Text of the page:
Church’s Spring Meeting Emphasizes
Mission, Youth, Tithe Growth
ission activities, approval for a second world youth conference, the financial picture, and leadership elections were among the issues discussed during the Seventh-day Adventist Church’s Spring Meeting held April 12 to 13 in Loma Linda, California.
MISSION. During the world church session in October 2005, delegates voted seven specific areas of emphasis for the current quinquennium: spiritual growth, community involvement, personal witness, city outreach, church planting, evangelistic programming, and media ministry.
“The challenge for us is to keep this vision before our people,” said Michael L. Ryan, a general vice president of the world church, to some 100 Spring Meeting attendees.
“We cannot do business as usual in the way we approach mission. Extraordinary times call for extraordinary measures and approaches,” said Mark Finley, a general vice president of the world church, who, together with Ryan, presented the objectives of the “Tell the World” evangelistic vision to Spring Meeting delegates.
YOUTH. The committee approved a proposal to convene a second World Conference on Youth and Community Service to be held July 14 to 26, 2008, in a region of the 10/40 window—a rectangular area covering parts of Northern Africa, the Middle East, and Asia where 70 percent of the world’s population lives and where there is not a large Christian community. The location will be proposed to the 2006 Annual Council for final approval.
It was also voted to establish the term Impact as the official youth evangelism identity of the world church headquarters.
FINANCES. World church treasurer Robert E. Lemon reported that tithe increased by 9.5 percent in North America, which is the highest in the last 100 years, he said. The world fields outside of North America saw an increase of 12 percent in tithe, resulting in a net increase of more than 10 percent for the world church. Part of this is due to a growth in membership, said Lemon.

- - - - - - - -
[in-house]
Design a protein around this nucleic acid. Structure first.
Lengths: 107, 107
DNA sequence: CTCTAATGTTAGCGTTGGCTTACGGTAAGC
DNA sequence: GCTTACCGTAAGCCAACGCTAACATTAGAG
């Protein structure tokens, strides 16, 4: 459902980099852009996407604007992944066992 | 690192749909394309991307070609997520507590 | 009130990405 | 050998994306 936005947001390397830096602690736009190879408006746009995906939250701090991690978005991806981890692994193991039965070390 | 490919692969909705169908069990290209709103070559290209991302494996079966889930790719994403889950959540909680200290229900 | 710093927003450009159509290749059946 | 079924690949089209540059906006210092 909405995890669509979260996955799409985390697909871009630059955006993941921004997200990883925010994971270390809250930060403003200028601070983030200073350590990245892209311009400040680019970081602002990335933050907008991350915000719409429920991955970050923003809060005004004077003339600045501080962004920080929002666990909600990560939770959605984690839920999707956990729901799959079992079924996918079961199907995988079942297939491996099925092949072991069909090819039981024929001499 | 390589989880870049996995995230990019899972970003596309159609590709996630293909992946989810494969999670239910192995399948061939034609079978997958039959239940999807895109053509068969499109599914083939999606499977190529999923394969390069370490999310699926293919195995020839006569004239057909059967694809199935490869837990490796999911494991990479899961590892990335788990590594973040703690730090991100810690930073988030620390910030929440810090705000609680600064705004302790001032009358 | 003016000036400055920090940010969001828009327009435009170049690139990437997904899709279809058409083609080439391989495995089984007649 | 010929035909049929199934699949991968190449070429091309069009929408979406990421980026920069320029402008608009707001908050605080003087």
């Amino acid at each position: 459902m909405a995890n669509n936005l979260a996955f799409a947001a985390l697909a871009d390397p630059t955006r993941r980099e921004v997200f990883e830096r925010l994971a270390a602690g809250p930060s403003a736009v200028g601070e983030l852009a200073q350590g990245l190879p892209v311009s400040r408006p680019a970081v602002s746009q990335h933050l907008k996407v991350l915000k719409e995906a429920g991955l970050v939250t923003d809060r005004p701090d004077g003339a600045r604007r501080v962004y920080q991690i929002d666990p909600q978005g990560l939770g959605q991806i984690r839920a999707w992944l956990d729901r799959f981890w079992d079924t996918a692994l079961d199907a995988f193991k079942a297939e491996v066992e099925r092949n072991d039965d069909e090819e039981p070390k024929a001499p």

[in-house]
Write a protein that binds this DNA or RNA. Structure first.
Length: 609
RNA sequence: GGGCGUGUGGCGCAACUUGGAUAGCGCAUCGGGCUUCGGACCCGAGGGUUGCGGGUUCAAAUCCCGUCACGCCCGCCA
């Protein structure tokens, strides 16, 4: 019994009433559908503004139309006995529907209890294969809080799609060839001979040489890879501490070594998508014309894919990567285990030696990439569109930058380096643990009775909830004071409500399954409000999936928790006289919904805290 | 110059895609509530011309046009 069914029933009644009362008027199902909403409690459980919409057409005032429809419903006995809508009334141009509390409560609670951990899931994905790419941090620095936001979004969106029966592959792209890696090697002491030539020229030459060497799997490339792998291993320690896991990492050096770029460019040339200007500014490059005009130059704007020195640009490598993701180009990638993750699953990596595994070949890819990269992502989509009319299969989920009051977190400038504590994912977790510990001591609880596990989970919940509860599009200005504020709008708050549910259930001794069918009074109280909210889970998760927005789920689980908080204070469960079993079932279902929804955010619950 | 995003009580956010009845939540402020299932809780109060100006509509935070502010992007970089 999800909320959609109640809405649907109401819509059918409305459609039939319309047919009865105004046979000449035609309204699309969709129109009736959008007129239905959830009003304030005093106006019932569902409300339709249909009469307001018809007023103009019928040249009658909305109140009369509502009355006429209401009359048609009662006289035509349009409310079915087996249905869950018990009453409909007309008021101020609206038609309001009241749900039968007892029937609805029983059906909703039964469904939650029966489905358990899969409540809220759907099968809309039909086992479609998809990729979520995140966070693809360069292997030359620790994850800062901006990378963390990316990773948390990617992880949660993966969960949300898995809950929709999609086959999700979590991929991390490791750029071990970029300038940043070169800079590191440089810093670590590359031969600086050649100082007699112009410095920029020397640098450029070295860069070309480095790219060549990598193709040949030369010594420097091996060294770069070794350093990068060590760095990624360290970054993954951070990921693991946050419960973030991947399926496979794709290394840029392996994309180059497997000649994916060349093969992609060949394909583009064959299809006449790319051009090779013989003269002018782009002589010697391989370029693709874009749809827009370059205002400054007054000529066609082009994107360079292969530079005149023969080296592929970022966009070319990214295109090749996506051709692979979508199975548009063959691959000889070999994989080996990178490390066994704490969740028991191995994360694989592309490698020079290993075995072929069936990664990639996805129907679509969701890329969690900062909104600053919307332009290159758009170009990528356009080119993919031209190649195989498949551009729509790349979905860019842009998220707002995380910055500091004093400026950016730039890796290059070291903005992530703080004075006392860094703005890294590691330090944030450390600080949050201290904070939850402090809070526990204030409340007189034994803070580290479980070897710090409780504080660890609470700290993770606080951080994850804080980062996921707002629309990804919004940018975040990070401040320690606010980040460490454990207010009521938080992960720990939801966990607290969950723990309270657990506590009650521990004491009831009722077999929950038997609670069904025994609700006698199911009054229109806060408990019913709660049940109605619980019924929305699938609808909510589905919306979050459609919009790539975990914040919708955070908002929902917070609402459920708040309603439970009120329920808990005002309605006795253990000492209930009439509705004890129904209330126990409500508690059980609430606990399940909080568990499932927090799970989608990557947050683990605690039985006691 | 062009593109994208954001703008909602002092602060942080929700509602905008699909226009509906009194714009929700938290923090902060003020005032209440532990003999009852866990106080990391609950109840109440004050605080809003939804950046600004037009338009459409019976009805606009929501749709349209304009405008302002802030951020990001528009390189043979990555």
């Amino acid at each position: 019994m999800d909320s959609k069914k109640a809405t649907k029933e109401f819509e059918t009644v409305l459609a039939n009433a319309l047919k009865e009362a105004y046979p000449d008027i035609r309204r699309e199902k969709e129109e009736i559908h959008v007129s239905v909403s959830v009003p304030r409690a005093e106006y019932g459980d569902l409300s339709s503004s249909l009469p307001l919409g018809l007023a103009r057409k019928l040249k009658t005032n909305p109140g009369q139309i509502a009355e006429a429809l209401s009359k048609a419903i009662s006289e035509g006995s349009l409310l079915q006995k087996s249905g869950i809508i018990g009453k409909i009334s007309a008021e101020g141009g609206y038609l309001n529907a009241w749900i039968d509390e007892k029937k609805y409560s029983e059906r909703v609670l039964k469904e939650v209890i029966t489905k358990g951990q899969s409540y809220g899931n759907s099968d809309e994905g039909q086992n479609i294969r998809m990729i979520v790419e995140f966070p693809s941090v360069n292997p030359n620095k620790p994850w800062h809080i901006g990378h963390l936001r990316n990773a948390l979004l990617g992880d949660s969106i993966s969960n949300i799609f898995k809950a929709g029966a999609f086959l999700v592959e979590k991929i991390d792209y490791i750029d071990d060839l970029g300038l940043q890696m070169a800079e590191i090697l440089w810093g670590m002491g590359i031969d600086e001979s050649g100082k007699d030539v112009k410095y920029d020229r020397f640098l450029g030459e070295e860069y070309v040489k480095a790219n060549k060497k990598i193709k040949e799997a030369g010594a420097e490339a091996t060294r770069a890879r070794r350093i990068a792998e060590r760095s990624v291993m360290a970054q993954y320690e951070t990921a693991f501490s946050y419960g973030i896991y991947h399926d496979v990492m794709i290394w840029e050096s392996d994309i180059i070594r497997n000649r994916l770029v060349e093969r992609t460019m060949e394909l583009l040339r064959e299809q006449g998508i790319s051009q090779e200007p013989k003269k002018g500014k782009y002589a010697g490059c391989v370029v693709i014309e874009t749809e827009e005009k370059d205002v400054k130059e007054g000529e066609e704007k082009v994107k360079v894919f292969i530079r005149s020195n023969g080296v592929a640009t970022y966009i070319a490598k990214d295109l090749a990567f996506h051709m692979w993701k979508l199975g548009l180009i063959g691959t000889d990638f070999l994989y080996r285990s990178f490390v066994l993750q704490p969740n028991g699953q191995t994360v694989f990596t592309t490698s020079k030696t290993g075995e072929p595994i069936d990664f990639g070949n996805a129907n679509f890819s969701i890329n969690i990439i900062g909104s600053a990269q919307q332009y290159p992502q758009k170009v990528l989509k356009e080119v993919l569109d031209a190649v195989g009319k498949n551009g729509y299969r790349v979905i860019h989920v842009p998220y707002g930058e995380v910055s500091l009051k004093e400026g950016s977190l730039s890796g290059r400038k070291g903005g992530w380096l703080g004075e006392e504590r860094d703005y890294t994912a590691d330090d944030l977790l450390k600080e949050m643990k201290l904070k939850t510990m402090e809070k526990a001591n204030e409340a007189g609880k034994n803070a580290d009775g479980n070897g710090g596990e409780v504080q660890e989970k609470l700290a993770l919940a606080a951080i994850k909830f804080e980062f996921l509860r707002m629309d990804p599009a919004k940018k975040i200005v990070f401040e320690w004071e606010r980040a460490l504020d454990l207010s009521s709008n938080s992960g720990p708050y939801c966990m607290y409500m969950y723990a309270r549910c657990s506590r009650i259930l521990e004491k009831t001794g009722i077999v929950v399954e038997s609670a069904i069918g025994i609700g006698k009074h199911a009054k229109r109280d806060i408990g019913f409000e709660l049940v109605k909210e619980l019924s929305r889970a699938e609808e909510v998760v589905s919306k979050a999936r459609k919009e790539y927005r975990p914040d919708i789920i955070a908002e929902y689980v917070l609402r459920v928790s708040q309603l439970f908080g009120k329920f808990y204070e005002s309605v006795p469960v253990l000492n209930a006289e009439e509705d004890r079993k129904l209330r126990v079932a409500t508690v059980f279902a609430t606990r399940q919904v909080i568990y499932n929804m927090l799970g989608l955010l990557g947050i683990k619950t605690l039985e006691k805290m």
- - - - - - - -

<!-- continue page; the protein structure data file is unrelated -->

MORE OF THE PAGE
In addition, mission offerings across the world church went up by 3 percent. “That is a major, major shift,” said Lemon.
“We [came] to the end of five years with a very different picture than we anticipated five years ago,” he added. “As we move forward in the next quinquennium, one of our challenges is to adjust appropriations . . . in parts of the world where we have few members.
“We must find ways as we move forward to strengthen those areas. We must remember that finishing the work in one area is not enough,” Lemon concluded.
LEADERSHIP CHANGES. Also during Spring Meeting, Raul Gomez announced his retirement as secretary of the church in South America. Melchor A. Ferreyra, president of the church in Peru, was elected to fill this position. Because of substantial growth in that region, the Executive Committee voted to reorganize the Peru Union Mission into two separate unions, or local administrative church regions. There are more than 700,000 adult Adventist believers in Peru today.
Lisa M. Beardsley, vice president for Educational Affairs at Loma Linda University Adventist Health Sciences Center, was elected as associate director of education for the world church. She will fill the position to be vacated by Andrea Luxton, who accepted a position as president of Canadian University College.
A NOTE OF INTEREST. Director of the world church’s Public Affairs and Religious Liberty Department, John Graz, informed delegates that the sixth International Religious Liberty Association World Congress will be held in Cape Town, South Africa, February 27 to March 1, 2007. --Adventist News Network/AR.
Update on Adventist Church in Iraq
During a recent executive committee meeting of the Adventist Church, delegation of Iraqi Adventist Church leaders, who had endured a hazardous journey to attend the session, reported on the work of the church in their war-torn country.
“Our Iraqi brothers and sisters told me how they leave their homes as little as possible,” said Middle East Union president Kjell Aune during the March 19 meeting held in Amman, Jordan. “The other day a bomb went off in a market in Baghdad, killing around 60 innocent people. It is impossible for them to foresee where bombs can be placed and at what time of day they can explode.”
According to statistics presented at the session, before the embargo and the American-Iraqi war, the Iraqi Adventist Church numbered about 250 members. Many of the members, like a great number of other Iraqis, have now fled the country.
“We are now down to about 150 members in the records, more likely around 100 in reality,” said Basim Fargo, the newly elected president of the Adventist Church in Iraq. Two people were baptized in 2005. --MEU Communication Department/AR.
TRINIDAD: Caribbean Union College Upgraded to University
Fireworks marked the end of Caribbean Union College and the birth of the University of the Southern Caribbean on March 16. For 78 years Caribbean Union College, a Seventh-day Adventist school, has provided tertiary-level education to the population of Trinidad and Tobago and beyond. Now the island’s newest university—University of the Southern Caribbean—joins two others.
With university status the school can now do research and offer graduate courses, says Andrea Luxton, associate director of Education for the Adventist world church.
For more information, go to usc.edu.tt. --University of the Southern Caribbean/ANN/AR.